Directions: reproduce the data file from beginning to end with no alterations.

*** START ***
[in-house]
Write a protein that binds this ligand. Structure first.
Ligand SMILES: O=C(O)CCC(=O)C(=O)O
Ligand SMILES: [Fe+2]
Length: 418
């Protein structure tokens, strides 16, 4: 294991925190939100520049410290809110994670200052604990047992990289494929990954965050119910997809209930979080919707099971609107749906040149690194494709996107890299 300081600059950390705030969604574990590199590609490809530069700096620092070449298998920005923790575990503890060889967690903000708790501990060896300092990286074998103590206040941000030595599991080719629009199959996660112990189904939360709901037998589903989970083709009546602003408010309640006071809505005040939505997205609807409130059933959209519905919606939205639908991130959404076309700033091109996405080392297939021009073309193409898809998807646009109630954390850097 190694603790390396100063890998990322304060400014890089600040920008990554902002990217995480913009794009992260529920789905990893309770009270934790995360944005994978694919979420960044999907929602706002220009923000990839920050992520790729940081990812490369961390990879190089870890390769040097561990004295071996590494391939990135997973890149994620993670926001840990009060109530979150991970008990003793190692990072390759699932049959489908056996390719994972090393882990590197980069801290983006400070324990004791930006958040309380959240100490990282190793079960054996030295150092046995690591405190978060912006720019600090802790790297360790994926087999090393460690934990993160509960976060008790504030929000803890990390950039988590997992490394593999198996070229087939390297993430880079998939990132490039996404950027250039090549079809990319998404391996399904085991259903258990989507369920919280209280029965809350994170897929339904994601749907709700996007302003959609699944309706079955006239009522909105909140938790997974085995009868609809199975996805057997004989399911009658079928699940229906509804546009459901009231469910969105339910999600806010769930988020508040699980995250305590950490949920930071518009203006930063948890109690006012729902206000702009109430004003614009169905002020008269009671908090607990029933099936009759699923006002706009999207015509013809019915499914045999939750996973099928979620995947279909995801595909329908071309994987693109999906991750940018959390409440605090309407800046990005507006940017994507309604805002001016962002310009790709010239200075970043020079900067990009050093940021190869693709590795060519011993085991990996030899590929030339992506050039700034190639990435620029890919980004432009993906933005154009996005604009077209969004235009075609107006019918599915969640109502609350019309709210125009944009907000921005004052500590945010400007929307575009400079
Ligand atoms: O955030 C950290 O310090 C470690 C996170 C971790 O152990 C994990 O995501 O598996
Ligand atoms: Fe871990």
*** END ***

[in-house]
Write a protein that binds this ligand. Structure first.
Ligand SMILES: O=C(O)CCC(=O)C(=O)O
Ligand SMILES: [Fe+2]
Length: 418
């Protein structure tokens, strides 16, 4: 294991925190939100520049410290809110994670200052604990047992990289494929990954965050119910997809209930979080919707099971609107749906040149690194494709996107890299 300081600059950390705030969604574990590199590609490809530069700096620092070449298998920005923790575990503890060889967690903000708790501990060896300092990286074998103590206040941000030595599991080719629009199959996660112990189904939360709901037998589903989970083709009546602003408010309640006071809505005040939505997205609807409130059933959209519905919606939205639908991130959404076309700033091109996405080392297939021009073309193409898809998807646009109630954390850097 190694603790390396100063890998990322304060400014890089600040920008990554902002990217995480913009794009992260529920789905990893309770009270934790995360944005994978694919979420960044999907929602706002220009923000990839920050992520790729940081990812490369961390990879190089870890390769040097561990004295071996590494391939990135997973890149994620993670926001840990009060109530979150991970008990003793190692990072390759699932049959489908056996390719994972090393882990590197980069801290983006400070324990004791930006958040309380959240100490990282190793079960054996030295150092046995690591405190978060912006720019600090802790790297360790994926087999090393460690934990993160509960976060008790504030929000803890990390950039988590997992490394593999198996070229087939390297993430880079998939990132490039996404950027250039090549079809990319998404391996399904085991259903258990989507369920919280209280029965809350994170897929339904994601749907709700996007302003959609699944309706079955006239009522909105909140938790997974085995009868609809199975996805057997004989399911009658079928699940229906509804546009459901009231469910969105339910999600806010769930988020508040699980995250305590950490949920930071518009203006930063948890109690006012729902206000702009109430004003614009169905002020008269009671908090607990029933099936009759699923006002706009999207015509013809019915499914045999939750996973099928979620995947279909995801595909329908071309994987693109999906991750940018959390409440605090309407800046990005507006940017994507309604805002001016962002310009790709010239200075970043020079900067990009050093940021190869693709590795060519011993085991990996030899590929030339992506050039700034190639990435620029890919980004432009993906933005154009996005604009077209969004235009075609107006019918599915969640109502609350019309709210125009944009907000921005004052500590945010400007929307575009400079
Ligand atoms: O955030 C950290 O310090 C470690 C996170 C971790 O152990 C994990 O995501 O598996
Ligand atoms: Fe871990």